Airscope’s director, Chris Leslie, and its chief controller, Francois Alberts – both trained commercial airline pilots – saw the potential opportunities drone technology could offer to the resource sector. They reshaped their careers to work with software, survey and geospatial specialists to develop new ways for large resources companies to manage their physical assets.

“When people think of drones operating in industrial applications, they think of inspections collecting data from hard-to-reach places,” Leslie said. “Our business has evolved beyond this where the real efficiencies and return on investment for the client come from providing a digital 3-D representation of their physical assets.

“We made the transition to asset visualization because UAV inspection only gave clients a fraction of the story; without context, the full potential of images captured cannot be realized. So now we create a virtual canvas of the entire site using airborne photogrammetry, ground photogrammetry and laser scanning. Once the virtual canvas is created, you can paint any operational or planning data on it, to serve as a human medium to access and interact with big data.

“You could compare this technology to how our lives have changed with innovations such as the smartphone – the time savings and benefits are hard to quantify,” Leslie added. “The benefits are multiplied when looking at clients managing large-scale resource sites due to the number of employees and the potential cost to the business if decisions are made based on inaccurate or incomplete information. Early indications by clients currently implementing asset digitization into their operations suggest day-to-day cost reductions of between 3.6 and 10 percent dependent on industry, and capital works projects being reduced by more than 20 percent. We are entering a period where decisions are being determined by the data at hand and companies that haven’t started their transformation towards digitization will be left behind.”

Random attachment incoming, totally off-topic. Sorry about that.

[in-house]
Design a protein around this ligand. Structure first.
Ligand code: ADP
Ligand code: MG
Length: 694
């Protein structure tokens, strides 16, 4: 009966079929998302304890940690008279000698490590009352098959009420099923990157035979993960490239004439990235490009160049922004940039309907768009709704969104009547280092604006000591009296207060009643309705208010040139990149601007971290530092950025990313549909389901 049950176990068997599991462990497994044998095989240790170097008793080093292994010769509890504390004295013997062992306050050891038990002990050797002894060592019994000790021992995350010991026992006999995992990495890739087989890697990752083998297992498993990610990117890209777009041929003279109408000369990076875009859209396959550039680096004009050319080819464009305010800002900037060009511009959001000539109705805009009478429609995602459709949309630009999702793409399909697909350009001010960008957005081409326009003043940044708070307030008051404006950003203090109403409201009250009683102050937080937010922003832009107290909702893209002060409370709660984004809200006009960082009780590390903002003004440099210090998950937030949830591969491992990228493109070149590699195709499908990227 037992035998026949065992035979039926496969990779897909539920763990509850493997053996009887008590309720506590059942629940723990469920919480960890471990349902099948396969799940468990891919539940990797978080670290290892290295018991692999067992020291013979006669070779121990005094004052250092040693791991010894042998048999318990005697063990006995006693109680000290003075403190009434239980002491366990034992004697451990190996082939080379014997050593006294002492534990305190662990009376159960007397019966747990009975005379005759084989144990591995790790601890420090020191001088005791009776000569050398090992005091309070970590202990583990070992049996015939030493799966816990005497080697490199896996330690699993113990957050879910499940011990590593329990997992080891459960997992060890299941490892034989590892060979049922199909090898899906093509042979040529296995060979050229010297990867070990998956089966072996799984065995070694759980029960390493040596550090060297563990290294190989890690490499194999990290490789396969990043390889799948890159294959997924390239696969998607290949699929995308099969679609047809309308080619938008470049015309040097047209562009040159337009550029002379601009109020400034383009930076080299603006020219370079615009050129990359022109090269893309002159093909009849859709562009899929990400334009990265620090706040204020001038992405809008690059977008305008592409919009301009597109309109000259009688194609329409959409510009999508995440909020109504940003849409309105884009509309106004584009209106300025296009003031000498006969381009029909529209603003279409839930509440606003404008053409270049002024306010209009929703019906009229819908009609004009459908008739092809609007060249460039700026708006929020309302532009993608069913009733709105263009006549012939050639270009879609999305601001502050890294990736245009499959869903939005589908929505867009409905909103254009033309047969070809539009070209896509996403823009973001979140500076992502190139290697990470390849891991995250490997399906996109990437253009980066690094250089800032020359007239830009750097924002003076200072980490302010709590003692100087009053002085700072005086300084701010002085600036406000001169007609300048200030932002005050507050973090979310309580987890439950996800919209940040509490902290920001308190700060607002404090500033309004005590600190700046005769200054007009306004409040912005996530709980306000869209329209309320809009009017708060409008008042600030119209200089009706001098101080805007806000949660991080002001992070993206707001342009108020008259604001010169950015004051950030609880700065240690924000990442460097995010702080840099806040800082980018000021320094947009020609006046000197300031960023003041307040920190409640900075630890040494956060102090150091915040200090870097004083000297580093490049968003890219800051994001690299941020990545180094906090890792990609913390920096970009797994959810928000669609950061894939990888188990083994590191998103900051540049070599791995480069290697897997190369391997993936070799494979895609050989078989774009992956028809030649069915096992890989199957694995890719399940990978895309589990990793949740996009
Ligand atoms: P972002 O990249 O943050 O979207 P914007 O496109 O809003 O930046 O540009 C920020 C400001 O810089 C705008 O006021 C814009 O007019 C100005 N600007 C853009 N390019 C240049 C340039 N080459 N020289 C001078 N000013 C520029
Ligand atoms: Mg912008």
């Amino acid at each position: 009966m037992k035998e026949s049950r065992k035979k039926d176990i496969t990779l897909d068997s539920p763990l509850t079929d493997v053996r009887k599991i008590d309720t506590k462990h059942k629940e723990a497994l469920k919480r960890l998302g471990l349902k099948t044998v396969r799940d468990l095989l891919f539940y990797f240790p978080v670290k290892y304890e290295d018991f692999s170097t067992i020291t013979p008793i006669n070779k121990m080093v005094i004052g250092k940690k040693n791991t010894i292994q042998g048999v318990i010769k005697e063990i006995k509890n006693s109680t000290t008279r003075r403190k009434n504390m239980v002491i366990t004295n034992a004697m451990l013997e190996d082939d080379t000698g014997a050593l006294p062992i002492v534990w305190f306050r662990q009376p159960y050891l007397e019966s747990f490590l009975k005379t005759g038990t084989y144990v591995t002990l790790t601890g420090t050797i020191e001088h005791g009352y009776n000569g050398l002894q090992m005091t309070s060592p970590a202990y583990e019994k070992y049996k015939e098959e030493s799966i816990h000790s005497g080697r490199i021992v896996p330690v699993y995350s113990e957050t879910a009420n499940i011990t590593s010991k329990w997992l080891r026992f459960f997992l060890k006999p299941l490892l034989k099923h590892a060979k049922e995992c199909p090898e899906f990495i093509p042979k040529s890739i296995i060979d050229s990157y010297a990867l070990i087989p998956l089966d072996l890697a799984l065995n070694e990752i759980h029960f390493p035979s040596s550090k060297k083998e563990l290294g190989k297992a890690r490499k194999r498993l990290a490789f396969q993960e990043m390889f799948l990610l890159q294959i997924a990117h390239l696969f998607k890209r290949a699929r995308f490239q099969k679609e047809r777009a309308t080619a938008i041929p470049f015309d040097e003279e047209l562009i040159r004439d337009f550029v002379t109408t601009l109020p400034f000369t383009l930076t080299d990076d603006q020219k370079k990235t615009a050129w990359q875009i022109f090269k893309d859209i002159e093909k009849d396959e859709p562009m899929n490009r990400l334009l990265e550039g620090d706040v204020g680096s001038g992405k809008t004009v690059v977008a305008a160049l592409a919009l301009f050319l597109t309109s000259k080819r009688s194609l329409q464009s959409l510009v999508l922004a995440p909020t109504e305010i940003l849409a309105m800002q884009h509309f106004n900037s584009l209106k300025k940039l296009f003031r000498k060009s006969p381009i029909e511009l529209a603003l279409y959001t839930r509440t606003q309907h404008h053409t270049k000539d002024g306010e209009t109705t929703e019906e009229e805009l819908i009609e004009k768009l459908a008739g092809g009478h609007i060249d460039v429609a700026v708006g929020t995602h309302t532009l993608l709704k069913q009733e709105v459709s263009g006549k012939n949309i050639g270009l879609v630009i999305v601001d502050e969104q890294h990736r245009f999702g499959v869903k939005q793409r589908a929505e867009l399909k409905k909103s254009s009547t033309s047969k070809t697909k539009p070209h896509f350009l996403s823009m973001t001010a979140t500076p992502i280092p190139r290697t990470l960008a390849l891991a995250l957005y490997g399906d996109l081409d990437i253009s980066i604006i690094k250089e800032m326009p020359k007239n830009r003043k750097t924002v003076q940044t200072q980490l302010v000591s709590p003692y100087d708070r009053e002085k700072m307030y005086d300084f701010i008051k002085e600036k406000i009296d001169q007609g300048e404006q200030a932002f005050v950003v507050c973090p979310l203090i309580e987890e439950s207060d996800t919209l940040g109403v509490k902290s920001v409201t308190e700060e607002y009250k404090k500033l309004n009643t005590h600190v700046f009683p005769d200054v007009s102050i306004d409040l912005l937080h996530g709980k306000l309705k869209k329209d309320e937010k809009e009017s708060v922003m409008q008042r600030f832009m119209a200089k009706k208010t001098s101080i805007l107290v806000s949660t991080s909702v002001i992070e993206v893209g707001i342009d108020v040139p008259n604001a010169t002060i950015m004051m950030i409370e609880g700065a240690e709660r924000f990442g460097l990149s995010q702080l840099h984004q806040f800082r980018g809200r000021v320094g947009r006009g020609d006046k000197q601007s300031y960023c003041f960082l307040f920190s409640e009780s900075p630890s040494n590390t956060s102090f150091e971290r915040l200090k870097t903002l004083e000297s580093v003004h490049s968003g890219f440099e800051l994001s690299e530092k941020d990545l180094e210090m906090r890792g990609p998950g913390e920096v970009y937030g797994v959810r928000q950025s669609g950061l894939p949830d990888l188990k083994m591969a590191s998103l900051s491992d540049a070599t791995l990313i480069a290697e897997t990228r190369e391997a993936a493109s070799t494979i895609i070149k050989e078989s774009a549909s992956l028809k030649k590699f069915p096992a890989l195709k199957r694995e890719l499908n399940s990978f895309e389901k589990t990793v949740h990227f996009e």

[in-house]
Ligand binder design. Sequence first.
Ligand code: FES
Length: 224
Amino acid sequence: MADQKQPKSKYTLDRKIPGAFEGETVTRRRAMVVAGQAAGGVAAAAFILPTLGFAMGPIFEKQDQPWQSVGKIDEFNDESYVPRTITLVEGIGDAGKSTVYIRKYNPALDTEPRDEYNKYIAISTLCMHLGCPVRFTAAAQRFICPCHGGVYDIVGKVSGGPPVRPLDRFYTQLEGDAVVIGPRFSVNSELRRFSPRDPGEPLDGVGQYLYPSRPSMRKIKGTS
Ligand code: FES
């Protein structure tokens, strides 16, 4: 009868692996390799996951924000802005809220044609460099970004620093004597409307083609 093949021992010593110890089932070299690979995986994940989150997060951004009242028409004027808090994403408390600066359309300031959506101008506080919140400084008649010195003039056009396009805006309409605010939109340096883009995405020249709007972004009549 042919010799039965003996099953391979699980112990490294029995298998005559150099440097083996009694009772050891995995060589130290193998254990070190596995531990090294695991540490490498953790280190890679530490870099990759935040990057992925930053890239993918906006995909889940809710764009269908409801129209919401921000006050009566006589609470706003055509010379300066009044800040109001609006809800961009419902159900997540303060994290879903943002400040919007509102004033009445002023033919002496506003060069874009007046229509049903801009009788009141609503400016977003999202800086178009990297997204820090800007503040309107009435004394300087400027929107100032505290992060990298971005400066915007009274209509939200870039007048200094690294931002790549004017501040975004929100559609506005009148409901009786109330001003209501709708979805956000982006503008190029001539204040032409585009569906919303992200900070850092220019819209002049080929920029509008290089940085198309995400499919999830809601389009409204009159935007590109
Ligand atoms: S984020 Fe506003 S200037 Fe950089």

Recently, Airscope worked alongside drone manufacturer, Intel Corporation, and local Australian distributor, Position Partners*, to deliver 3-D models of Santos*-operated facilities in Australia’s Cooper Basin. Santos enlisted Airscope to provide not only large-scale virtual models, but also inspection services of critical assets, which are challenging to monitor using traditional methods.

“When looking for the best drone for modelling these challenging landscapes, we compared 37 different aircraft that all claimed to be up to the specifications we needed,” Alberts said. “When Intel’s distributor, Position Partners, showed us the Intel Falcon 8+ drone, we found it to be the only aircraft which met our expectations, for its reliability, stability and true 3-D modelling capabilities.”

The Intel Falcon 8+ is a multirotor-style drone that, through pre-programmed flight plans, is able to capture hundreds of aerial images per flight. These images are then collated and stitched together to form a holistic 3-D model through the photogrammetry process. Due to the accuracy of images capture by the Intel Falcon 8+, Airscope can incorporate laser scanning data into photogrammetry to make the model accurate enough for use in detailed engineering design of major infrastructure projects.

“Intel is committed to producing high-quality, commercial-grade drones that will excel in challenging environments such as the Moomba Gas Plant,” said Anil Nanduri, vice president and general manager of the Drone Group at Intel. “Looking ahead, we will see a greater focus on automation of both the data capture and more importantly data analysis. This will unlock the ability for greater analyses and inference of large data sets that will be captured entirely by drones, allowing businesses to reduce operational expenses by assessing and predicting maintenance needs.”

The quality and rate of data captured from systems such as the Intel Falcon 8+ drone increases efficiencies and lowers operating costs, while around-the-clock access to a full model of the plant on the Airscope Visualize* platform reduces preparation work and disruption to the operation. It also eliminates risks for activities such as working at height or exposure to hazardous working environments.